Length distributions and pairwise correlations among 3′ UTRs, coding regions and 5′ UTRs. First, length distributions for 3′ UTRs, coding regions and 5′ UTRs are demonstrated by Box-and-Whisker Plots along the diagonal in the figure, which are also filled by colours for representing different species. Second, the coloured points (lower triangle) graphically demonstrate pairwise comparisons. Third, species-specific Pearson’s coefficients of pairwise correlations are displayed in upper triangle. The lengths of UTRs and coding region (bp) are also log2 transformed for better graphical demonstrations. Throughout all figures, three-letter abbreviations of ‘Dme’ for fruit fly, ‘Dre’ for zebrafish, ‘Mmu’ for mouse and ‘Hsa’ for human are used
Open image in new window
Distributions of relative length of 3′ UTRs to 5′ UTRs for each species
Evolutionary variation of 3′ UTR lengths
Based on all determined orthologous genes among fruit fly, zebrafish, mouse and human (see Materials and Methods), the k-mean clustering method revealed four obvious clusters corresponding to different evolutionary variation patterns of 3′ UTR lengths from fruit fly to human. Other selections of k-mean parameter were also carefully tested and shown with lower performances by visually inspecting the clustering data. Subsequently, we demonstrated the detailed patterns of 3′ UTR length variations from fruit fly to human for the four clusters (Fig. 3). Among them, Cluster 1 was predominant consisting of 56.3% of genes and showed steady increase in 3′ UTR lengths. By contrast, the increased degrees of 3′ UTR lengths obviously varied from one species to another for both Clusters 3 and 4. Additionally, we also observed an unusual variation pattern of 3′ UTR lengths for genes in Cluster 2, for which the UTRs were longest in fruit fly and shorter in all other species.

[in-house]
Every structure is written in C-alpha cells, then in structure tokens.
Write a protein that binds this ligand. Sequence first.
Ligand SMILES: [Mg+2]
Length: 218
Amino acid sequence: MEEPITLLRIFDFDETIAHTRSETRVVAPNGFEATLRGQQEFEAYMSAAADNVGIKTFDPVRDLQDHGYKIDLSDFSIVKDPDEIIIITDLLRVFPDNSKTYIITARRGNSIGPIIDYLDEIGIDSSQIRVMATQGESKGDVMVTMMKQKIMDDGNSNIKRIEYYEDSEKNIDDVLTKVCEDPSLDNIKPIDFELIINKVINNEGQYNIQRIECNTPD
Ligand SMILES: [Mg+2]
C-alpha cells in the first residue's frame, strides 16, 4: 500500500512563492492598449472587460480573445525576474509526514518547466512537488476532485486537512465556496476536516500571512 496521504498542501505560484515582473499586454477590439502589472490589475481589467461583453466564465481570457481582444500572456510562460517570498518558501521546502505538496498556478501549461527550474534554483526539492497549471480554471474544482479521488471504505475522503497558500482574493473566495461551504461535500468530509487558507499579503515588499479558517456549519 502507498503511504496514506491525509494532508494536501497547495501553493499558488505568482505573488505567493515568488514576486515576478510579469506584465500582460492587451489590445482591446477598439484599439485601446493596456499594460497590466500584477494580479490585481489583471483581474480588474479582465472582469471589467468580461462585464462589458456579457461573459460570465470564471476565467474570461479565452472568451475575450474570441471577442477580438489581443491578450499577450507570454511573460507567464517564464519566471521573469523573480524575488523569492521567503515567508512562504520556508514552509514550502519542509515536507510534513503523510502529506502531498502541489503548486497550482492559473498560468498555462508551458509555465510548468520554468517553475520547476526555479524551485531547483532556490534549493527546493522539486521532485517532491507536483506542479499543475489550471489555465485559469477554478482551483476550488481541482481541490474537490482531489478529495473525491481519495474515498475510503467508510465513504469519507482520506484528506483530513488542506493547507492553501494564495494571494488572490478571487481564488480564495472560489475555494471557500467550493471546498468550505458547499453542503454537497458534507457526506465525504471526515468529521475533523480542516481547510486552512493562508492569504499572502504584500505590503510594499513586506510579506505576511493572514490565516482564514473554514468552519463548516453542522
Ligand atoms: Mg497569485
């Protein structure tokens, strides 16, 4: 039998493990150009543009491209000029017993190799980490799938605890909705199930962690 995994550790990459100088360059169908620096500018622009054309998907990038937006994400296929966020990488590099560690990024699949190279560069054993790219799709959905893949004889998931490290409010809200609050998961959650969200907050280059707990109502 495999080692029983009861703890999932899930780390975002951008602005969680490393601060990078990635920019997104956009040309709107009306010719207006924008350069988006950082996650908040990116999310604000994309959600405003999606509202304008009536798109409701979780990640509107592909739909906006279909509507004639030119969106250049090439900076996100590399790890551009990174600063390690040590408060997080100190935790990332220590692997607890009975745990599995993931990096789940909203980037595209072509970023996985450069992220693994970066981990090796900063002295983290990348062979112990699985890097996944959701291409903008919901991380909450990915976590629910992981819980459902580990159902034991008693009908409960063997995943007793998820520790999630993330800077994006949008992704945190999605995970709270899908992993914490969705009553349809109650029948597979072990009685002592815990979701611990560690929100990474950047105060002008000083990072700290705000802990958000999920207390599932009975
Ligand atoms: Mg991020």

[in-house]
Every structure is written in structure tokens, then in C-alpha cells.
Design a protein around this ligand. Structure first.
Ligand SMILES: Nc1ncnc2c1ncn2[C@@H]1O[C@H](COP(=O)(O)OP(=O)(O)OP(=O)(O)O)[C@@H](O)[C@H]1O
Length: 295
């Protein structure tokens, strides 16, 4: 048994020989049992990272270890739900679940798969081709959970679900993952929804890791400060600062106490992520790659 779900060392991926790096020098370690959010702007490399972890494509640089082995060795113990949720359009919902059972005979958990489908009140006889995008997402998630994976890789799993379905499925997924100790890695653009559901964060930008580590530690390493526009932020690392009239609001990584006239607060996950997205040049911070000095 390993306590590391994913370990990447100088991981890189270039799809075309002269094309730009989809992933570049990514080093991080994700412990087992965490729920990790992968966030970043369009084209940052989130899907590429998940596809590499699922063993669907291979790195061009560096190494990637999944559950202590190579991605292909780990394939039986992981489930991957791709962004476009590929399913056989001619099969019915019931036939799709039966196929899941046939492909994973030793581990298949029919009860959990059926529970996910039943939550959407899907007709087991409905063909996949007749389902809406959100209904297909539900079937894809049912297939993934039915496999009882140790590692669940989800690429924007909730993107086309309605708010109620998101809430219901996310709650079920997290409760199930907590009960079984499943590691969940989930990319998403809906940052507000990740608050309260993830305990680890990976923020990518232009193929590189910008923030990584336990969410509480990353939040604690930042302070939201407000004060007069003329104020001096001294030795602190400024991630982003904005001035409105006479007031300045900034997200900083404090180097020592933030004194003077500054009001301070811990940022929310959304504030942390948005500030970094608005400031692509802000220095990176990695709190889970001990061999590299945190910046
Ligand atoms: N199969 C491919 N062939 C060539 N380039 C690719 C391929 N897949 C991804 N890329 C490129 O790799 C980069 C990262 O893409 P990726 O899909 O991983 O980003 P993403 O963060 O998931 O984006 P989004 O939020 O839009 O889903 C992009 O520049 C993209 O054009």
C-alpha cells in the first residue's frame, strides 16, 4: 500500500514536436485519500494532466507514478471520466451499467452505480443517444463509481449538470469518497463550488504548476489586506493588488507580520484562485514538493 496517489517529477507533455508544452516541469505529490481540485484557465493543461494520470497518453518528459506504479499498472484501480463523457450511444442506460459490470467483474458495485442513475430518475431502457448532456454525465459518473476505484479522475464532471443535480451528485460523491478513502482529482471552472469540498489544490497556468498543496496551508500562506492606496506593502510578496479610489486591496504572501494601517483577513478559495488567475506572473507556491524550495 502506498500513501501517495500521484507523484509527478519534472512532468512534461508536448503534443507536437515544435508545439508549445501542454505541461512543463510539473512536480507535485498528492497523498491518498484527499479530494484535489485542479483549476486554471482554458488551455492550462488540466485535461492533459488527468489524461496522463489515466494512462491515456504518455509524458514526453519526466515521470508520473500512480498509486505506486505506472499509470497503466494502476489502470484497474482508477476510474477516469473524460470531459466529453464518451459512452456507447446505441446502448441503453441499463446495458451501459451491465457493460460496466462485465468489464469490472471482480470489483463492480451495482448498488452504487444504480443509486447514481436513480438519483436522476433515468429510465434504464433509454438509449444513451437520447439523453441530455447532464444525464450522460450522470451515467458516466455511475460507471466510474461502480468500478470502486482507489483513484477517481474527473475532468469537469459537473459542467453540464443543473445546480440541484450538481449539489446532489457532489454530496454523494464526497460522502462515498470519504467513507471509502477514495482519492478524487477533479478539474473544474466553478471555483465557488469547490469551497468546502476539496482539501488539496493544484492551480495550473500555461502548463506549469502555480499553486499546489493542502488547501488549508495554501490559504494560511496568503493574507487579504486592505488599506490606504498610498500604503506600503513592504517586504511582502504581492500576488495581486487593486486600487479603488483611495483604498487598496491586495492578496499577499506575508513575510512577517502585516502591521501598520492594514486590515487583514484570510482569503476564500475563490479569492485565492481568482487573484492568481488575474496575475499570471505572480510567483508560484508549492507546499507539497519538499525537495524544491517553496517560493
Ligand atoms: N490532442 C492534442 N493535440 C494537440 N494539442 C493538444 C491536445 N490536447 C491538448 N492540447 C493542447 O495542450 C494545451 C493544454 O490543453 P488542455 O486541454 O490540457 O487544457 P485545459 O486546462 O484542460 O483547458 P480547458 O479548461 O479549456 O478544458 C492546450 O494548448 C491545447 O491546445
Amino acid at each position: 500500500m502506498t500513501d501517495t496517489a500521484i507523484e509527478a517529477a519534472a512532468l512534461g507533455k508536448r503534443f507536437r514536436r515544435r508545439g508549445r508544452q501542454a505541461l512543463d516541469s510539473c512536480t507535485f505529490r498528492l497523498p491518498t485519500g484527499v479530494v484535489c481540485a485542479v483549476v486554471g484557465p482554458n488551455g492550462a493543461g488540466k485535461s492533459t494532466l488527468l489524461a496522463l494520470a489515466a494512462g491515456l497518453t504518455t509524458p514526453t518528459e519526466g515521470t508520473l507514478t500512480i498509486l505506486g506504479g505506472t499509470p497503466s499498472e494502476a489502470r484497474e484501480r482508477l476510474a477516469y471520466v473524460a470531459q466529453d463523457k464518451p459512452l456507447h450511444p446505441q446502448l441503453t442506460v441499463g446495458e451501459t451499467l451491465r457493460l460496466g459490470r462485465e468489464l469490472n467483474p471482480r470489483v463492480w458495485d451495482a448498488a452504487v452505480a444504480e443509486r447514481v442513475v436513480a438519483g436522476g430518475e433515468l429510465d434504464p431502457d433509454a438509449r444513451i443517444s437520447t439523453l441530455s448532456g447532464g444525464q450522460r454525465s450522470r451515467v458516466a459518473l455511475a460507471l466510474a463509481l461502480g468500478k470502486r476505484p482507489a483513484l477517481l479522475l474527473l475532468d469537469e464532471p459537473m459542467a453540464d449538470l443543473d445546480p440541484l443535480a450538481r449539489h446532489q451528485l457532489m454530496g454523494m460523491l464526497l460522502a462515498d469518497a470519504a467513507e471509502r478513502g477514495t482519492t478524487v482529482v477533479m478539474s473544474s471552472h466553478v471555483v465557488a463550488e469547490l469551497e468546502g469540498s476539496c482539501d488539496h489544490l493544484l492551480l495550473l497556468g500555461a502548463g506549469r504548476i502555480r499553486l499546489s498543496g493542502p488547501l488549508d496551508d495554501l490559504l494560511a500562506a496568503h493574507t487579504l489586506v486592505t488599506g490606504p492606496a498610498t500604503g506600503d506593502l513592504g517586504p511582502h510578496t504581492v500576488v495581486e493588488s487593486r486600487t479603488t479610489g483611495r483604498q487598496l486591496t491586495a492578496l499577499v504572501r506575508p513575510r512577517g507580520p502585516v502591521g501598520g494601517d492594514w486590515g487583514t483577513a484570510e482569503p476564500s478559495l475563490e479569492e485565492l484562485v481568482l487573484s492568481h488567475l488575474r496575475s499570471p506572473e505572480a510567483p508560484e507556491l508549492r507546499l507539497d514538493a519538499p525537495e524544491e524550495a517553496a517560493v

Open image in new window
Variation patterns of 3′ UTR lengths for orthologous genes among four species. The gray lines demonstrate all gene-wise variations of 3′ UTR lengths, and black bold lines further denote the cluster centers. The numbers of gene included in each cluster are also shown in brackets
Functional implications of 3′ UTR lengths